“A photo can give you some perspectives, you can find many photographic works that tell you deep and actual issues. For me personally, a work is the result of how I see life in a social and natural environment.Photos (pictures) in my work is like a bridge between me and the public. It channels my idea so that people can really understand what I want to express. Realist photos will complement the abstract parts of the work, join the photos on acrylic, abstract shapes made of resin and acrylic, then etch on brass.Photography can blend with other kind of arts. There are no boundaries. No limit.”

(b. 1987, INDONESIA)


2018, Digital print, Oil Paint, Acrylic Sheet, and Mirror, 100 x 100 cm

Fika Ria Santika comes from West Sumatra, and is profoundly connected to the Minangkabau culture guided by a philosophy of nature. Contemplating the Minang adage Alam Takambang Jadi Guru (nature acts as our teacher), Santika is on a perpetual quest to discover how such a teaching remains relevant to contemporary life, and to a young artist like her who, while embracing her roots and traditions, simultaneously hopes to incorporate in her art the modernity, technology and diversity of cultures she experiences in her everyday life, now living in Yogyakarta.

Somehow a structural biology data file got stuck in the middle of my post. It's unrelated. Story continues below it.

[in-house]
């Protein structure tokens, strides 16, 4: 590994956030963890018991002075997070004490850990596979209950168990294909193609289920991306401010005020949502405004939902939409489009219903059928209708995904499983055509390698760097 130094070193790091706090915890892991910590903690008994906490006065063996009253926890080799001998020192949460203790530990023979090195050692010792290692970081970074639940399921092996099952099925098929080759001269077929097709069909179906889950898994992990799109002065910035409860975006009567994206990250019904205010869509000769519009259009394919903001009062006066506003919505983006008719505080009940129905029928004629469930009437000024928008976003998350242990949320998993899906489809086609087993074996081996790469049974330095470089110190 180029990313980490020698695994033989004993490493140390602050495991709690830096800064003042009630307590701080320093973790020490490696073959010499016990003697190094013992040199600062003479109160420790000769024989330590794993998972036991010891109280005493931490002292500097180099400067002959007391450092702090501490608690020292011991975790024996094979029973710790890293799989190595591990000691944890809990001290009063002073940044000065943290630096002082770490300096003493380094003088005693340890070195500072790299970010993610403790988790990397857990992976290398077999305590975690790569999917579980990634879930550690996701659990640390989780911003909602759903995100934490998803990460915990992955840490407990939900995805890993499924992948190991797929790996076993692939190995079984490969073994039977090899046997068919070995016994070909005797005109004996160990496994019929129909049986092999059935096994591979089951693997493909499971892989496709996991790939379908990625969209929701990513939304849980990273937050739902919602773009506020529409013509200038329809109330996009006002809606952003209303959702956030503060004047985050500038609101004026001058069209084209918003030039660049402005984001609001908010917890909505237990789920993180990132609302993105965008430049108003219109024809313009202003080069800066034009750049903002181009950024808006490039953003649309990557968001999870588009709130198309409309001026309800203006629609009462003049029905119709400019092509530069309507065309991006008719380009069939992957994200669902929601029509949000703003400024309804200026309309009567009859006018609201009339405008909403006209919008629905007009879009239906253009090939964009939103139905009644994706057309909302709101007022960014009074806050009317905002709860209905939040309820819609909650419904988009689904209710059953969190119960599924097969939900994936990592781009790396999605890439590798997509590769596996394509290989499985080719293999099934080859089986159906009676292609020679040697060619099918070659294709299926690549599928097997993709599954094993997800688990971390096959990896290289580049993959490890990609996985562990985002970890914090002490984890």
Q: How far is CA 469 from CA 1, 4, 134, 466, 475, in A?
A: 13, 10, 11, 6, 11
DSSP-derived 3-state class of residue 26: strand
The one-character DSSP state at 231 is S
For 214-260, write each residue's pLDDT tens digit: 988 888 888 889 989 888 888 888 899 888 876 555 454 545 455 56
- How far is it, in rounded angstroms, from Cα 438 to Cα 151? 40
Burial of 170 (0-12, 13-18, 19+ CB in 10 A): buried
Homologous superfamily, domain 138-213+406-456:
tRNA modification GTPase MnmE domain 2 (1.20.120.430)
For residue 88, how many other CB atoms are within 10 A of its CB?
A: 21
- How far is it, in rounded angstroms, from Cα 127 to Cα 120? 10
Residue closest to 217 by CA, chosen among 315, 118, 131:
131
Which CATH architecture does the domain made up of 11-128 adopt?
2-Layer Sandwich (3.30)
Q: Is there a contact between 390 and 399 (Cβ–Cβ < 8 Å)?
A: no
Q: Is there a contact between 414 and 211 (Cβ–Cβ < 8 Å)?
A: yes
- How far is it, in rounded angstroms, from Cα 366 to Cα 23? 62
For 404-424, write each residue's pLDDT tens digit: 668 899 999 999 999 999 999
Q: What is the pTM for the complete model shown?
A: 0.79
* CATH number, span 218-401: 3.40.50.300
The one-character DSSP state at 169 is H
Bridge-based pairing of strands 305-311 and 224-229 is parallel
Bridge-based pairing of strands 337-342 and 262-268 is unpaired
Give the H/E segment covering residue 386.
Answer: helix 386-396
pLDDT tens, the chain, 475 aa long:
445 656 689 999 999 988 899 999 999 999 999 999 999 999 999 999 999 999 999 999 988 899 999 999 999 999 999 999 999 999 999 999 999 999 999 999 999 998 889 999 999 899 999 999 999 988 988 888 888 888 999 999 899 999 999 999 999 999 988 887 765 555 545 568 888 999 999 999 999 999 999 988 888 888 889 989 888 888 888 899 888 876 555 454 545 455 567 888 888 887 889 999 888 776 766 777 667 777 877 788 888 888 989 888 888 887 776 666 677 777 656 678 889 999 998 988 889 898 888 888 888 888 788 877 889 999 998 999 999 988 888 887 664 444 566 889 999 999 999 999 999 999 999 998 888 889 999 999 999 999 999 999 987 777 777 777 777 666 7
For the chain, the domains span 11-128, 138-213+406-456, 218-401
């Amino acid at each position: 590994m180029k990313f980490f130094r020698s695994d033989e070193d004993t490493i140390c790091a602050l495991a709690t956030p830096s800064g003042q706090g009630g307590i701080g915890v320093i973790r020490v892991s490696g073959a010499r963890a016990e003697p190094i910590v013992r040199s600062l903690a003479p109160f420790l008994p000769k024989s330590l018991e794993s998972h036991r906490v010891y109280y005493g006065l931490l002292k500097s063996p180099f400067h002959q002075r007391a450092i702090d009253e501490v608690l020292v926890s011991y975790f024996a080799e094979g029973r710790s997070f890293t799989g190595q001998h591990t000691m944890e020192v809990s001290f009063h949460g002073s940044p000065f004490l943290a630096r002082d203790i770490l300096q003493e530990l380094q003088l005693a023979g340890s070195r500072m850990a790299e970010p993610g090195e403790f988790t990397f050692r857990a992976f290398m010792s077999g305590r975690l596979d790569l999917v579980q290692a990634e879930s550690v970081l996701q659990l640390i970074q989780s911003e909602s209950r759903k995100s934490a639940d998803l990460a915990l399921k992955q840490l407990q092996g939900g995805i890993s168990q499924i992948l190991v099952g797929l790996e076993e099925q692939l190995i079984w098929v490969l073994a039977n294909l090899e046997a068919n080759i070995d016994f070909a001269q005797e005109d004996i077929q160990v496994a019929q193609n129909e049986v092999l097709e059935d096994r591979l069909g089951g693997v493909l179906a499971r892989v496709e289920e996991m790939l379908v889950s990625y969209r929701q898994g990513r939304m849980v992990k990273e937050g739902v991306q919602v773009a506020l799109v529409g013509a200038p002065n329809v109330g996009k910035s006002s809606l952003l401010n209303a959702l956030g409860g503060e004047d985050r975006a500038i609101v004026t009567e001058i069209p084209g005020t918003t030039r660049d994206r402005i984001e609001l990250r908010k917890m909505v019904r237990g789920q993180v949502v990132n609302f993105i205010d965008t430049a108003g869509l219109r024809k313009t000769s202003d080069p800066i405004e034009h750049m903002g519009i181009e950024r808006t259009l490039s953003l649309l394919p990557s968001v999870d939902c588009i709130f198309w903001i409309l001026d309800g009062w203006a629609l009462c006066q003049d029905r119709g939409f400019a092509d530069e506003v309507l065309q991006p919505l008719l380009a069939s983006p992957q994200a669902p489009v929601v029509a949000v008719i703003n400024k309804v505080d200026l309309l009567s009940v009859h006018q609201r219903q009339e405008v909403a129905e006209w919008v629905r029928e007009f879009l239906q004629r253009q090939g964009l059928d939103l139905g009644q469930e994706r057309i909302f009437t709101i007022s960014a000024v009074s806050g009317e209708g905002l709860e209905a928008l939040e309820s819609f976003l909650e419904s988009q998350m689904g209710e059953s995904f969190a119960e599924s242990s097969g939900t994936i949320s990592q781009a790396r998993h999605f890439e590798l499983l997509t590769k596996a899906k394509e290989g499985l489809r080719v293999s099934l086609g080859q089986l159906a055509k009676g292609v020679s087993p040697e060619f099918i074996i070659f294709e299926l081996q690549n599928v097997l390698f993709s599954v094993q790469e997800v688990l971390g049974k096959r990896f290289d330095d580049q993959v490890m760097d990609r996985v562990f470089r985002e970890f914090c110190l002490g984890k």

2017, Acrylic, Digital Print, and Oil Paint, 60 x 90 cm per panel

Her artistic process thus begins from this raw, affective interaction with nature—exploring the sceneries and landscapes of her childhood; noticing the unique qualities of certain times of the day, such as a majestic morning fog; and witnessing the organic cycles and changes that pervade nature. In creating her work, however, her process evolves to incorporate layers of varied contemporary media, seamlessly marrying natural forms with technology. 

Crucial to her process are taking photographs and videos of these landscapes, either captured herself, by her friend, or sourced through other video documentations, and transforming them into new, manipulated images. Santika then prints the photographs on varied materials, such as an acrylic sheet or brass plate, using an etching technique; and continues to layer her work with other mediums, ranging from oil paint to mirrors. Her long, meticulous process and marrying of varied natural and digital forms often result in sublime abstractions, in which vivid, detailed glimpses of nature emerge out of hazy, dreamlike landscapes. 

As she combines, layers and abstracts images of nature scenes, Santika establishes a unique visual language that reveals a deeper relationship to the natural world. Contrary to the colonial images of complete, picturesque landscapes, Santika portrays nature not as a distant, aloof sight to capture and consume, but as something lodged deeply into her memory and psyche.

2017, Resin, Acrylic, Pigment, and Brass, 71 x 116 cm

In her Tumpuk Lapis Tampak Isi series, she stacks translucent layers of different monochrome images of mountains and forest views, serving as an allegory to the multiple stages of her nature discoveries.Rather than appearing fixed and permanent, the layers of images also create an illusion of a scene perpetually in flux, alluding to the ever-evolving nature of the environment and its relationship to Santika. She paints over some scenes in pale, watery colours of red, yellow and blue, triggering emotional responses to the particular areas of the landscapes.